Politics

Obama Endorses Clinton

President releases endorsement video, will campaign with the presumptive Democratic nominee

 

President Barack Obama on Thursday endorsed Hillary Clinton, effectively ending the 2016 Democratic nominating process, and will campaign with her next week.

In a video released just after Obama's Oval Office meeting with her challenger, Bernie Sanders, Obama said “I know how hard this job can be.”

[ Sanders Signals He'll Work With Clinton to Beat Trump ]

"That's why I know Hillary will be so good at it," Obama said. "In fact, I don't think there has ever been someone so qualified to hold this office."

[ Opinion: Hillary Clinton and the Dream No Longer Deferred ]

Near its conclusion, Obama urges his longtime supporters to join his former secretary of state, using one of her tag lines: “I’m with her.”

“She’s got the courage, the compassion, and the heart to get the job done,” he said. “And I say that as someone who had to debate her more than 20 times.”

Obama and Clinton will hold their first joint campaign rally next Wednesday in Green Bay, Wis.

[ Opinion: How Clinton Can Win With a Latino VP ]

The endorsement was first reported by the Washington Post. 

Clinton and Obama faced each other in a bitterly fought 2008 presidential primary campaign.

Obama called Clinton agreeing to serve as top U.S. diplomat after their rough-and-tumble primary fight “a testament to her character.” 

He also used the May 2011 raid that killed Osama bin Laden, which Clinton says she supported when some of his other national security advisers urged caution, to underscore her qualifications.

She has mentioned the raid on the campaign trail numerous times, aiming first to undercut Sanders’ national security credentials and then presumptive GOP nominee Donald Trump.

“I’ve seen her judgment. I’ve seen her toughness,” the president said of Clinton who is also a former first lady and New York senator. “I’ve seen her determination to give every American a fair shot at opportunity — no matter how tough the fight was.”

In the video, which appears to have been taped earlier this week, Obama thanked Sanders for his hard-fought campaign, saying "they're both patriots who love this country."

[ Senate Colleagues Predict More Clout for Bernie ]

Obama met with Sanders at the White House earlier on Thursday. The Vermont senator is not quite ready to end his campaign, but signaled that he'll work with Clinton to beat Trump in November.

[ Why Bernie Bros Will Come To Hillary ]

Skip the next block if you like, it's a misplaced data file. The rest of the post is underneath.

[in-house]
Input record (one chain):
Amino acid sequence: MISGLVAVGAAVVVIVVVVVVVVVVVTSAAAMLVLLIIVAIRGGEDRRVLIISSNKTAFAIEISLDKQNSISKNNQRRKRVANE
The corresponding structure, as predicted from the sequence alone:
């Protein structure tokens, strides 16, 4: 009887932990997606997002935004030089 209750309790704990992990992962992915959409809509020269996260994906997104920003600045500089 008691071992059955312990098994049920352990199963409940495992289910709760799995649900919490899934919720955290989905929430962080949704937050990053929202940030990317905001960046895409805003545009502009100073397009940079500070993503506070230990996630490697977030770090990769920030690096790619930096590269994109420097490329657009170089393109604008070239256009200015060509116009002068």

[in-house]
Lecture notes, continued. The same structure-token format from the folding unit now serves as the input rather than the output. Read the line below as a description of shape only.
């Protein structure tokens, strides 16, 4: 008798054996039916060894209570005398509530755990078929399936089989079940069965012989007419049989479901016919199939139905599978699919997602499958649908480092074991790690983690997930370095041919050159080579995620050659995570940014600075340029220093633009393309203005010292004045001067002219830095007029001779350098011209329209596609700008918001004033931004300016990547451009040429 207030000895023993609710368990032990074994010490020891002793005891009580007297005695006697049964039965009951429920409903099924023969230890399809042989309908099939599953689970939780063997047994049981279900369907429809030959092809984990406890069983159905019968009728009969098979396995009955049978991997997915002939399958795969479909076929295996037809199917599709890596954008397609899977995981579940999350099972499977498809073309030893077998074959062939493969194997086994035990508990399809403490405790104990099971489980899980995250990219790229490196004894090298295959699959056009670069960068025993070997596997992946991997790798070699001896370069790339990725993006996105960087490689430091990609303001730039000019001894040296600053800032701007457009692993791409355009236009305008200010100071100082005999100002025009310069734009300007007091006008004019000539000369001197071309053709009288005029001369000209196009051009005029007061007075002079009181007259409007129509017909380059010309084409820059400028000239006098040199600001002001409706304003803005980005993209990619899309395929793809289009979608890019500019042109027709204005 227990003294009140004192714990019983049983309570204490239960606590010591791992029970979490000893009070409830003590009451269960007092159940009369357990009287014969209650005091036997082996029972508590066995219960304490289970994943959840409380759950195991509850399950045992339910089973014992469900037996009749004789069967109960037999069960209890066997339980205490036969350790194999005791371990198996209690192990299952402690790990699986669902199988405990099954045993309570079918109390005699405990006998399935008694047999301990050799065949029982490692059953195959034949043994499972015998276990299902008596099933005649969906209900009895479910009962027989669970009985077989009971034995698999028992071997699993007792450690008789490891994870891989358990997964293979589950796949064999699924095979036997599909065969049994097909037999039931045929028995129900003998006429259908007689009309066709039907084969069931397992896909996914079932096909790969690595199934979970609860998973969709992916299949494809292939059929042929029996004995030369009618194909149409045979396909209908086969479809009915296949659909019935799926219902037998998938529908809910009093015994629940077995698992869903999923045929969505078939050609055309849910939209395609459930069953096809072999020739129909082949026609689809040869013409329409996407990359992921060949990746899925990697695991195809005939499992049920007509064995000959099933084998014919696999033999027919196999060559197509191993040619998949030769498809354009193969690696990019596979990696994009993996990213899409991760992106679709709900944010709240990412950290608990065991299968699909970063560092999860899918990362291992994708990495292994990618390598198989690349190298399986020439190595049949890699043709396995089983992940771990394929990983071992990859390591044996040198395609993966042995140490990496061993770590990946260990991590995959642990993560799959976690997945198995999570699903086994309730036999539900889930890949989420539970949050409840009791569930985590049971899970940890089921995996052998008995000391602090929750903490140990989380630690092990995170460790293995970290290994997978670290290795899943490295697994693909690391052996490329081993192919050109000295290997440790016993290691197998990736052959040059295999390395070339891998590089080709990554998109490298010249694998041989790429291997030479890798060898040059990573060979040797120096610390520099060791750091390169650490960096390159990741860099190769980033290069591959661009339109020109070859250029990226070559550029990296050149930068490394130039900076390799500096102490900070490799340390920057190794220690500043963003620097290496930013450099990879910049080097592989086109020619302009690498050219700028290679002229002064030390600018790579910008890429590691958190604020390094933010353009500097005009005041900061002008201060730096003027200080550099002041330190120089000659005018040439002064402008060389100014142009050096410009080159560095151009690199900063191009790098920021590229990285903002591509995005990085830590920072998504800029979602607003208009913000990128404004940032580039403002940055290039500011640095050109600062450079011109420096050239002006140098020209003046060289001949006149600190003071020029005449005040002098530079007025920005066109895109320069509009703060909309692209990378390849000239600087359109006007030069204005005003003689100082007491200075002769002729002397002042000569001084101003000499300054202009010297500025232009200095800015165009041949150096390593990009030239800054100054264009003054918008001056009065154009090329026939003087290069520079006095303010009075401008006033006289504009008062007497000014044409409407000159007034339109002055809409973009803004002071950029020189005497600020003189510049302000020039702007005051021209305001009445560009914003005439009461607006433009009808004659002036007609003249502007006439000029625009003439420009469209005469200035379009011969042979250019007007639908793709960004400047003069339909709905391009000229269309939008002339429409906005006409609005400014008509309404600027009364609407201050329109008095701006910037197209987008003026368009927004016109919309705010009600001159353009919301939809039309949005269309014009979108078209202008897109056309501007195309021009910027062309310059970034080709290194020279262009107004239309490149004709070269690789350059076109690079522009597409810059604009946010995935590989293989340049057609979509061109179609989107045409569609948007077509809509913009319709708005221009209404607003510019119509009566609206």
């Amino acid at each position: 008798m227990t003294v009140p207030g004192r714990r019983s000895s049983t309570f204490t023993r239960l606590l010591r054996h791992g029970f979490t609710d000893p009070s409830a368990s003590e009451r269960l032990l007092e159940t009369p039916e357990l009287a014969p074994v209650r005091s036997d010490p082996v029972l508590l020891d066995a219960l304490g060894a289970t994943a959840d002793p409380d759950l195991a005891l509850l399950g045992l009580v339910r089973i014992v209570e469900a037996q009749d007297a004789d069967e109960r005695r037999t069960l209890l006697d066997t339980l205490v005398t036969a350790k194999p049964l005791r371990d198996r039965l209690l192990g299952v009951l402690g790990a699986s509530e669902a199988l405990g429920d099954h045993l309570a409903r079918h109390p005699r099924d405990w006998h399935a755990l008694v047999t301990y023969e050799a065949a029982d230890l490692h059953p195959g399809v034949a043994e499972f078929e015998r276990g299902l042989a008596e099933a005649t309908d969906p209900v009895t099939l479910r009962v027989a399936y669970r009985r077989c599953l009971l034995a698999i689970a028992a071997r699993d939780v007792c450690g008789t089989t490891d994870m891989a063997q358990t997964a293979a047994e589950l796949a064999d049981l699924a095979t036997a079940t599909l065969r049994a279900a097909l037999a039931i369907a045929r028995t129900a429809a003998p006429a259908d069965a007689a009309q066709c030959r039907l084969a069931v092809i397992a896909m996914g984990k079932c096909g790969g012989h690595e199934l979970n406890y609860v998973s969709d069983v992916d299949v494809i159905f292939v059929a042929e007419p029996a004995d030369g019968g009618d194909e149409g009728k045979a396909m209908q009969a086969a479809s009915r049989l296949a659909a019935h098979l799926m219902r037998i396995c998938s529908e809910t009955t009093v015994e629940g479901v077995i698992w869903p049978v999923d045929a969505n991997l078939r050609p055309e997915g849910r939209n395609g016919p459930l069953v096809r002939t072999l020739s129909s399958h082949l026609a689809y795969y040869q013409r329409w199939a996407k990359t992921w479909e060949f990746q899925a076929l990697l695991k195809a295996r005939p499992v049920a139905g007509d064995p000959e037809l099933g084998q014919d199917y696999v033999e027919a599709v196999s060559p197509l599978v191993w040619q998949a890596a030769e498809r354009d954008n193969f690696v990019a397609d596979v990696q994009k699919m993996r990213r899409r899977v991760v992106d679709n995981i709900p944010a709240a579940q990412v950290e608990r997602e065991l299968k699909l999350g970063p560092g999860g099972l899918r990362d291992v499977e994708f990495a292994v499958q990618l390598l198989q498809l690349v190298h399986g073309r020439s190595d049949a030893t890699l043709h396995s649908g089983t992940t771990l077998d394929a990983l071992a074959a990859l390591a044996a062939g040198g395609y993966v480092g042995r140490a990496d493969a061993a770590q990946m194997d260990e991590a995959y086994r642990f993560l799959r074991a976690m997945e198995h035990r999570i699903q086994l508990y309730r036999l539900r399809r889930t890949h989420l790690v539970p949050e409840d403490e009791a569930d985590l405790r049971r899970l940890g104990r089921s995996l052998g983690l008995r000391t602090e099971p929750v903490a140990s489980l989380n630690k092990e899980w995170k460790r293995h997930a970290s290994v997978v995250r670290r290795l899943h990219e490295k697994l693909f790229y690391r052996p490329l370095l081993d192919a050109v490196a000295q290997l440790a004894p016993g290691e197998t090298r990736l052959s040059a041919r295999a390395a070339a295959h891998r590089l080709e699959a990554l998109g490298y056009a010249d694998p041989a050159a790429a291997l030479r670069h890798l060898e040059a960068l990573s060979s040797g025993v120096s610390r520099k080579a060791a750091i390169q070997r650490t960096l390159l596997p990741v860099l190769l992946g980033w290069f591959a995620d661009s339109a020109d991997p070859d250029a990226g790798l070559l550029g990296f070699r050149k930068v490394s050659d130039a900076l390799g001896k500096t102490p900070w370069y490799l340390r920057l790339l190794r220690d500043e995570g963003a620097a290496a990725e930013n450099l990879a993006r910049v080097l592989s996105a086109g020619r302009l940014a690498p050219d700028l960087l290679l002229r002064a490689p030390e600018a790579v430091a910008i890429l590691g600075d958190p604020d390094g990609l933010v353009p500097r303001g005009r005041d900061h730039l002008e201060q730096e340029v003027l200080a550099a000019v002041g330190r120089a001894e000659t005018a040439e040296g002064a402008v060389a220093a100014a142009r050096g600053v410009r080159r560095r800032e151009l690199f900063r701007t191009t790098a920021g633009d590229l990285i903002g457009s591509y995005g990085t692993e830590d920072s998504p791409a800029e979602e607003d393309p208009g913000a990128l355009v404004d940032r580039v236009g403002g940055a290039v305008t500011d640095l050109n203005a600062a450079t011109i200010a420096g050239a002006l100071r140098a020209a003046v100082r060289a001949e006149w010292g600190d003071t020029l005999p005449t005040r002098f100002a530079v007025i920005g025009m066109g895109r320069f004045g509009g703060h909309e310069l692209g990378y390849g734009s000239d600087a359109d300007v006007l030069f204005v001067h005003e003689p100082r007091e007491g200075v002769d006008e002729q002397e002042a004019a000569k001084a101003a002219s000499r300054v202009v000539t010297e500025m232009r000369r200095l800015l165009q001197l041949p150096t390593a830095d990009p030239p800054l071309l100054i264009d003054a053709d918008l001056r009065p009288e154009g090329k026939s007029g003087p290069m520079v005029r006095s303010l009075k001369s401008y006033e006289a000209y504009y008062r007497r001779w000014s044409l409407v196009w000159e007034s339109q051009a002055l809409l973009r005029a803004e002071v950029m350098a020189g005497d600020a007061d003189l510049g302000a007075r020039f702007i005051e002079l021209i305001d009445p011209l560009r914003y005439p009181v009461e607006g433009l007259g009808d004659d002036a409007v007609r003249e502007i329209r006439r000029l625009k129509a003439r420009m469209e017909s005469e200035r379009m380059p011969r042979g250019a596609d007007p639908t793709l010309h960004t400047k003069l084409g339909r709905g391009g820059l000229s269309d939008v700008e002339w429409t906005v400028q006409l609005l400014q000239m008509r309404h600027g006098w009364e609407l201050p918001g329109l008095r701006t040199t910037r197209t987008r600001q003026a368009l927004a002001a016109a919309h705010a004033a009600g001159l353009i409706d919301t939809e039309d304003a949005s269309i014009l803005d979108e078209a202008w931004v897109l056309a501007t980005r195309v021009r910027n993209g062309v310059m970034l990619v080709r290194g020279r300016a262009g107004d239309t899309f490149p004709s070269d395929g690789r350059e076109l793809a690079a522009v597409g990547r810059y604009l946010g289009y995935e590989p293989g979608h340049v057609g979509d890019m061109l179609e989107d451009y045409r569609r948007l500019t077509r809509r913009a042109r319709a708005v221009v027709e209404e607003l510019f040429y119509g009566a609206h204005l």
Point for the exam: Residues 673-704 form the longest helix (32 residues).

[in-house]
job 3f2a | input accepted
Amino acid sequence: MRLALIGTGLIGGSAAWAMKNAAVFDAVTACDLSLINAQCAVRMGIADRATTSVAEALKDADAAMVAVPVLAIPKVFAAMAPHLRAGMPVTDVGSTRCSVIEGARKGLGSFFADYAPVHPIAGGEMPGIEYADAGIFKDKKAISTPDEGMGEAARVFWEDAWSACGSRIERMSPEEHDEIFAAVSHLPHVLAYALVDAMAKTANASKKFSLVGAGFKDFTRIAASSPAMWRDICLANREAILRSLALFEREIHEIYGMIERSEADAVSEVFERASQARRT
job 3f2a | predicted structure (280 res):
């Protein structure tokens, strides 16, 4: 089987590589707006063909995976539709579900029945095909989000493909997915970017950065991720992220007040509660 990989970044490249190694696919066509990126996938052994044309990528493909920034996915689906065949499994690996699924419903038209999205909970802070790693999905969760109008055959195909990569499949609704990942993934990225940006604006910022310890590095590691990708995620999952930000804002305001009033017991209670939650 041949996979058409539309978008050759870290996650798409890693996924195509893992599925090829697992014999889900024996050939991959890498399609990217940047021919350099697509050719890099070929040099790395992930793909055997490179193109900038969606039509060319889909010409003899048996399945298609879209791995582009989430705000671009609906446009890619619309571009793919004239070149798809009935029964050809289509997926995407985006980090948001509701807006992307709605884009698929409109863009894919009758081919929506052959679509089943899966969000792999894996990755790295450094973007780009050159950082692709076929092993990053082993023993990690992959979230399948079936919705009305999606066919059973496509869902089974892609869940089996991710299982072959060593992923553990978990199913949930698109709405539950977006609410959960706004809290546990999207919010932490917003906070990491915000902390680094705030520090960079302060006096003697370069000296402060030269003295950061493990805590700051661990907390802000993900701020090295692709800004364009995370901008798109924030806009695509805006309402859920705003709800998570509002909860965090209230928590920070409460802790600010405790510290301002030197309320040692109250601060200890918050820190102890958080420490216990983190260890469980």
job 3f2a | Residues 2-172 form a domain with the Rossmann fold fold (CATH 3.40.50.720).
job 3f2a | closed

White House Press Secretary Josh Earnest noted Obama and Sanders have had several recent conversations. 

"I can assure you Senator Sanders wasn't surprised by the timing of the endorsement," he said. 

[ Quiz: Ladies' Firsts ]

Following the closed-door huddle with Sanders and video release, the White House pivoted quickly to the general election.

Obama is “very enthusiastic” about hitting the trail and “making the case” for his former rival and Cabinet member, Earnest said, echoing the video by saying Clinton’s resume suggests she is the most qualified general election candidate ever, other than some presidents who served for eight years as vice president like George H.W. Bush.  

From national security to the economy, Obama and top White House aides continued Thursday to make clear they are eager to put the president’s record, as well as Clinton’s experience and proposals, up against Trump’s vague promises and pronouncements.  

Obama — and Sanders — likely will make a top priority helping the presumptive Democratic nominee win over young voters. Earnest said Obama is ready to do that kind of work — but made clear “it will be Secretary Clinton’s responsibility to win over those people.”  

Separately, Sen. Elizabeth Warren is set to endorse Clinton on Thursday night, delivering key progressive backing at a time when Clinton is working to unify the party, according to news reports .

The Massachusetts senator is the only Democratic woman in the Senate who is not yet supporting Clinton. A progressive firebrand, Warren is in many ways more politically aligned with Sanders.
 

At the same time, Warren's name has been mentioned repeatedly as a possible vice presidential choice who could help Clinton appeal to the party's more liberal wing.

[ Elizabeth Warren: Donald Trump Will Never Be President ]
 
Warren has become increasingly vocal in her criticism of  Trump. In a speech Thursday night she is expected to call Trump a "loud, nasty, thin-skinned fraud," according to prepared remarks.

 

Get breaking news alerts and more from Roll Call on your iPhone or your Android.